LARGE tinker


The British movie Tinker, Tailor, Soldier, Spy is not for everyone.  It’s a mind-numbing film for audiences that crave an involving storyline, can deal with British accents and are into the underpinning of espionage that fueled The Cold War in the 1970’s.  I am not a big fan of films like this one, but those who are into author John le Carre’s The Constant Gardner, The Spy Who Came in From the Cold and The Tailor of Panama will eat this one up like good ice cream.


The story involves Britain’s Secret Intelligence Service (SIS) and the spies that report to it.  One spy in particular, retired agent George Smiley (Gary Oldman) has the best record for getting the information needed to keep the bureau on top of outside elements that may jeopardize Britain’s security. When things go wrong during a mission by operative Jim Prideaux (Mark Strong) in Hungary a Soviet mole entrenched in British Intelligence is suspected and Smiley gets commissioned to ferret him out.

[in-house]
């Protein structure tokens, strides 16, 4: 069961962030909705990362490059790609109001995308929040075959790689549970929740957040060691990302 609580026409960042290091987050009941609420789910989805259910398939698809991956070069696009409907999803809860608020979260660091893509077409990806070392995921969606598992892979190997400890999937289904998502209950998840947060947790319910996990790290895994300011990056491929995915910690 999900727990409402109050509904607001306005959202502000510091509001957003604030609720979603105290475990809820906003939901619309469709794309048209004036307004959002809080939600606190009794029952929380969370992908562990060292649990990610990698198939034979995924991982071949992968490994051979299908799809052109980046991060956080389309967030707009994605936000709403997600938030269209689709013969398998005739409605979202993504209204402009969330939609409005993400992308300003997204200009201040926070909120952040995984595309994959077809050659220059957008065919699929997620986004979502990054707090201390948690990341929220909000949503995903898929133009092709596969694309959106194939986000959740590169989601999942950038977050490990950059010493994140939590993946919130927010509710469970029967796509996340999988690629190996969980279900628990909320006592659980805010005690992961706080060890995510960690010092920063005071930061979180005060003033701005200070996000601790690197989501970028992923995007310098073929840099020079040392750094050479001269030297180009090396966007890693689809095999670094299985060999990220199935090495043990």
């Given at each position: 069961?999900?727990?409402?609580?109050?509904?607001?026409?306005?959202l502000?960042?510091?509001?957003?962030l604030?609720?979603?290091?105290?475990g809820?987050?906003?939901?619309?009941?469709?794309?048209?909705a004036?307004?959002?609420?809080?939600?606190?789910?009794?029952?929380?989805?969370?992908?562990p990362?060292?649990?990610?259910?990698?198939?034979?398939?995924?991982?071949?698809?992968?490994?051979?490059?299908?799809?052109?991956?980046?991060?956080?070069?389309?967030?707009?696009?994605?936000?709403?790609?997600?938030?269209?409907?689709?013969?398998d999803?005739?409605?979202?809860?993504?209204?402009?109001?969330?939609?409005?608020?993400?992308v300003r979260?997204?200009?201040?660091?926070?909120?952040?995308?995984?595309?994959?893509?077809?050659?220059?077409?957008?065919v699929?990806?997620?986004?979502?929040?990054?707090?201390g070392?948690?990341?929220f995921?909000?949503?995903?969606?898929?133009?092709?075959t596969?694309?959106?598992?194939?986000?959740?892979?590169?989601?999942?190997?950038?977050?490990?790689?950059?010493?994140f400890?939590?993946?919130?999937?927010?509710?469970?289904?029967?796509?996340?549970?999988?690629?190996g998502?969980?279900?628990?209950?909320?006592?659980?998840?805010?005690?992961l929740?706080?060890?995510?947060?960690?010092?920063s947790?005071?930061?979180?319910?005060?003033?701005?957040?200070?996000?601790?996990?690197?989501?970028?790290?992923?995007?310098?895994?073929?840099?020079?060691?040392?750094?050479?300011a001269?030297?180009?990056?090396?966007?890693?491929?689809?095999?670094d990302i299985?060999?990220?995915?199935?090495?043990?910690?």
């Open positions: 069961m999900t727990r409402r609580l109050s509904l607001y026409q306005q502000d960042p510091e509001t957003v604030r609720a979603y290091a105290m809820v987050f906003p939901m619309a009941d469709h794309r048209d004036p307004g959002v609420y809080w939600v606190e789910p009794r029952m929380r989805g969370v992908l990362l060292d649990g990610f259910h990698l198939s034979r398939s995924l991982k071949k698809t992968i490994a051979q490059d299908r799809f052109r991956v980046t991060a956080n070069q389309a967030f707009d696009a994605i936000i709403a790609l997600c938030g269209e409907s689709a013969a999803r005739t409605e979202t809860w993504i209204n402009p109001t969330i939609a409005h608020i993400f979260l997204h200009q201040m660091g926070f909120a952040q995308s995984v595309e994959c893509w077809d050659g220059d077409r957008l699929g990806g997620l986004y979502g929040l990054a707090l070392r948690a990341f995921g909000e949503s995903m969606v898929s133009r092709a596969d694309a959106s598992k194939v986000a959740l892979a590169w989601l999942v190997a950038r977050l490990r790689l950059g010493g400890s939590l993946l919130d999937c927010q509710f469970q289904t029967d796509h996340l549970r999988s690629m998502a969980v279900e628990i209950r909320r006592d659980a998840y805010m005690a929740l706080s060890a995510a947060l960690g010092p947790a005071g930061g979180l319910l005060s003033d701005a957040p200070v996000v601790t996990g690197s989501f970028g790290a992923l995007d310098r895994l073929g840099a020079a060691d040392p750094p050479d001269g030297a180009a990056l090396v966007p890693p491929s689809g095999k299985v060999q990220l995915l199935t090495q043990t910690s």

Gary Oldman as George Smiley

The story, although interesting and intriguing, moves along slowly under the direction of Tomas Alfredson (Let the Right One In) who has all the tools to make the film a thriller.  With a cast of brilliant British/Irish actors including Gary Oldman (The Dark Knight), Colin Firth (The King’s Speech), Tom Hardy (My Week With Marlyn), John Hurt (Melancholia), Mark Strong (Sherlock Holmes) and Claran Hinds (The Debt) peppered throughout Alfredson uses the ‘bling’ to work his audience into an acting feeding frenzy, but still comes up with a tedious mind-numbing movie.


Tinker, Tailor, Solider, Spy received the billing of a thriller, but this British idea of suspense proves to be more of a yawner and not an Americanized version filled with action, twists and turns to which us Yanks are accustomed. It’s no James Bond or Sherlock Holmes, that’s for sure! Even with the great cast I found the dialogue hard to understand at times and my mind translating British lingo all too often. That said, I do admit there is an audience for this kind of spy story and for that I concede to all the fuss the film has been piling up, but it’s just not my cup of tea.


The movie has been rated R by the MPAA for violence, some sexuality/nudity and language. The two hour plus length needs a bit of pruning and the cinematography gets dull and uneventful.



FINAL ANALYSIS:  Unless you are an Englishman, very patient or an avid follower of writer John le Carre, my suggestion is wait for the DVD. (C )

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